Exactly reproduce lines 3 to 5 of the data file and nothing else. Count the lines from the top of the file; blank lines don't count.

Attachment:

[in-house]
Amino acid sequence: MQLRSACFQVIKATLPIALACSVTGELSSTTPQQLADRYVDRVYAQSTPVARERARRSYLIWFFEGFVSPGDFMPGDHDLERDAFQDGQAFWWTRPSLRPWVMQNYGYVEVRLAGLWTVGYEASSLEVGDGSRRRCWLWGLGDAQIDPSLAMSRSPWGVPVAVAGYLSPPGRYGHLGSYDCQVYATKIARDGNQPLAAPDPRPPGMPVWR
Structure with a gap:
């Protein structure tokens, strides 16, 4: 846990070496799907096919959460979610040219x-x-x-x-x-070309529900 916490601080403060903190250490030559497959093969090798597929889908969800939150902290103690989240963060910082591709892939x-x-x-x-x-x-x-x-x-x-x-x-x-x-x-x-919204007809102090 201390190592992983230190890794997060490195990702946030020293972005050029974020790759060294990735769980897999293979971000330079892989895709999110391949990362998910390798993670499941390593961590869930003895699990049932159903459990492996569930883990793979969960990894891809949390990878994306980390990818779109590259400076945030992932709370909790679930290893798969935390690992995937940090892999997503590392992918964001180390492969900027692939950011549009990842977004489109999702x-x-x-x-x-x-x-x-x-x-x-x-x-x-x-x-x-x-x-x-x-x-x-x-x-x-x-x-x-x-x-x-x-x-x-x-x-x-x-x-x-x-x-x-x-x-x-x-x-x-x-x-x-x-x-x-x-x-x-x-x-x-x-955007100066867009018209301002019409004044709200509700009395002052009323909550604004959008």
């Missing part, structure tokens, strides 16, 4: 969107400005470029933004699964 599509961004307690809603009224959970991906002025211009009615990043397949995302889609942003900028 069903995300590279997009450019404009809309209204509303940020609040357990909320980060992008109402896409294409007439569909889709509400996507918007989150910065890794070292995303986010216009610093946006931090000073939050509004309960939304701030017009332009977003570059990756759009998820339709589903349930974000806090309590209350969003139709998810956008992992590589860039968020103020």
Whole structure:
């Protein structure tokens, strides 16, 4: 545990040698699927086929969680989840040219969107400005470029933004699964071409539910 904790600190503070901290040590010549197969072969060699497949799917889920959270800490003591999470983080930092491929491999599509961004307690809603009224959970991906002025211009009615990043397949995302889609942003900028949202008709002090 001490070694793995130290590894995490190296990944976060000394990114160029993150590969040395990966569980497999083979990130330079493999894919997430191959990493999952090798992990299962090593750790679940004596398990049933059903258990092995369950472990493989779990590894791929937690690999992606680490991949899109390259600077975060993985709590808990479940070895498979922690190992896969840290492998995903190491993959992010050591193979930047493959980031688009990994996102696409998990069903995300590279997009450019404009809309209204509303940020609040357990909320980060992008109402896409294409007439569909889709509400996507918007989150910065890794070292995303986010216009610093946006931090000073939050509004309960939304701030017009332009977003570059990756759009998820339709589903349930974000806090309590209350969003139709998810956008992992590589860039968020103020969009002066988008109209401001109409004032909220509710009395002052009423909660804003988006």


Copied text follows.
Structure with a gap:
């Protein structure tokens, strides 16, 4: 846990070496799907096919959460979610040219x-x-x-x-x-070309529900 916490601080403060903190250490030559497959093969090798597929889908969800939150902290103690989240963060910082591709892939x-x-x-x-x-x-x-x-x-x-x-x-x-x-x-x-919204007809102090 201390190592992983230190890794997060490195990702946030020293972005050029974020790759060294990735769980897999293979971000330079892989895709999110391949990362998910390798993670499941390593961590869930003895699990049932159903459990492996569930883990793979969960990894891809949390990878994306980390990818779109590259400076945030992932709370909790679930290893798969935390690992995937940090892999997503590392992918964001180390492969900027692939950011549009990842977004489109999702x-x-x-x-x-x-x-x-x-x-x-x-x-x-x-x-x-x-x-x-x-x-x-x-x-x-x-x-x-x-x-x-x-x-x-x-x-x-x-x-x-x-x-x-x-x-x-x-x-x-x-x-x-x-x-x-x-x-x-x-x-x-x-955007100066867009018209301002019409004044709200509700009395002052009323909550604004959008």
């Missing part, structure tokens, strides 16, 4: 969107400005470029933004699964 599509961004307690809603009224959970991906002025211009009615990043397949995302889609942003900028 069903995300590279997009450019404009809309209204509303940020609040357990909320980060992008109402896409294409007439569909889709509400996507918007989150910065890794070292995303986010216009610093946006931090000073939050509004309960939304701030017009332009977003570059990756759009998820339709589903349930974000806090309590209350969003139709998810956008992992590589860039968020103020």